May. 15, 2015
Glyphosate—known by many trade names, including Roundup—has been the most widely used pesticide in the United States since 2001. It effectively controls many weed species, and it generally costs less than the herbicides it replaced. Crop producers can spray entire fields planted with genetically engineered, glyphosate-tolerant (GT) varieties of corn, cotton, soybeans, and other crops, killing the weeds but not the crops. This practice makes it easier to manage weeds using less tillage, which can help reduce soil erosion as well as improve soil quality and water conservation.
However, glyphosate is becoming less effective as weed resistance mounts—14 glyphosate-resistant (GR) weed species have been documented in U.S. crop-production areas. GR weeds can reduce crop yields and increase weed-control costs, and recent surveys suggest that the amount of affected cropland is increasing.
Sole reliance on glyphosate by many producers is believed to be the primary factor in the evolution of weed resistance to glyphosate. Using glyphosate as the only weed control tactic can select for resistance to this herbicide by controlling susceptible weeds while allowing more resistant weeds to survive, propagate, and spread. Using herbicides with different mechanisms of action, however, and rotating their use over time can result in fewer herbicide-resistant weeds. This feature discusses the role of current herbicide use patterns in the evolution of glyphosate-resistant weeds, the effects of glyphosate-resistant weeds and resistance management on returns to corn and soybean production, and incentives to encourage resistance management.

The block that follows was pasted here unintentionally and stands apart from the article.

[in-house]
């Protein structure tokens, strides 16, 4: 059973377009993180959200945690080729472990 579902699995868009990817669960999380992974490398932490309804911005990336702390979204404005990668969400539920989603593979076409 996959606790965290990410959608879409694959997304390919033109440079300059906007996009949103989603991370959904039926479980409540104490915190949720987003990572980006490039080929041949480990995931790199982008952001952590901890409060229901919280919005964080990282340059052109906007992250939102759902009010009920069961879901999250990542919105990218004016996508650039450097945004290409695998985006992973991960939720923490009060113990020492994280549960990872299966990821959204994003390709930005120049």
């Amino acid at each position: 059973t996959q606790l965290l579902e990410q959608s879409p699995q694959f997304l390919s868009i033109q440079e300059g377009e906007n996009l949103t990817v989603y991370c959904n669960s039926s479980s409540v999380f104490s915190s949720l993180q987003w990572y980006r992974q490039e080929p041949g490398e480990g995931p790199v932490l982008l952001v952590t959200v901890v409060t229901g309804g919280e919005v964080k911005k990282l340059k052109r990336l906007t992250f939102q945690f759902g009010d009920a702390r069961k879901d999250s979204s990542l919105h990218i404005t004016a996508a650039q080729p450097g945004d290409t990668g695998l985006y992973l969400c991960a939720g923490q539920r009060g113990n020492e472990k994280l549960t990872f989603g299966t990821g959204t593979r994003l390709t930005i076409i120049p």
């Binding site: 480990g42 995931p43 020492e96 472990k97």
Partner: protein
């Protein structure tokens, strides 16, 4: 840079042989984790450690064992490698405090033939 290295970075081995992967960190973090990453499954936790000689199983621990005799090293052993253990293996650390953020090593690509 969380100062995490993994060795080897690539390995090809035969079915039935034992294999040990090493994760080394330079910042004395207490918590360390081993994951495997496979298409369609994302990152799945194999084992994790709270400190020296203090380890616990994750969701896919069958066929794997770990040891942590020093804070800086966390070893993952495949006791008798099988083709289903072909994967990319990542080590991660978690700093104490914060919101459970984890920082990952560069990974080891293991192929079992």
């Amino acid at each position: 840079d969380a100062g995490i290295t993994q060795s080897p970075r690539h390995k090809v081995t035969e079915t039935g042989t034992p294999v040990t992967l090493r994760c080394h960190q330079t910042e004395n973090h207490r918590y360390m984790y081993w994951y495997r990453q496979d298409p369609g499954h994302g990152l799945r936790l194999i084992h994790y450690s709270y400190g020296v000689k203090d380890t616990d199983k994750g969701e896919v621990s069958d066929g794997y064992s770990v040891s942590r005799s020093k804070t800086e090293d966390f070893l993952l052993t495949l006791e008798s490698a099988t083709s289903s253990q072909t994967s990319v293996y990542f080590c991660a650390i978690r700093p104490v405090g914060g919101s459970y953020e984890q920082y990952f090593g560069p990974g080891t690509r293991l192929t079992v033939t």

Glyphosate use is more widespread in soybean production than in corn production
Since the commercial introduction of GT crops in 1996, U.S. producers have planted GT varieties and applied glyphosate on more soybean acres than corn acres. The proportion of acreage planted with herbicide-tolerant (primarily GT) varieties reached 93% for soybeans and 85% for corn in 2013. The share of soybean acres treated with glyphosate (alone or with other herbicides) increased from 25% in 1996 to more than 90% in 2006-2012, while the share of corn acres treated increased steadily from 4% of acres in 1996 to 73% in 2010, as the use of other herbicides decreased. While a greater quantity of herbicide active ingredient was applied to corn than to soybeans, herbicides other than glyphosate accounted for the majority of the herbicide applied to corn. As a result of these differences in herbicide use patterns, more glyphosate (in pounds of active ingredient) was applied to soybean fields than to corn fields. Further, tillage—which controls weeds without promoting herbicide resistance—was used on a greater percentage of corn than soybean acreage, whereas no-till was used on a greater percentage of soybean acreage.
The details on the USDA ERS study can be found here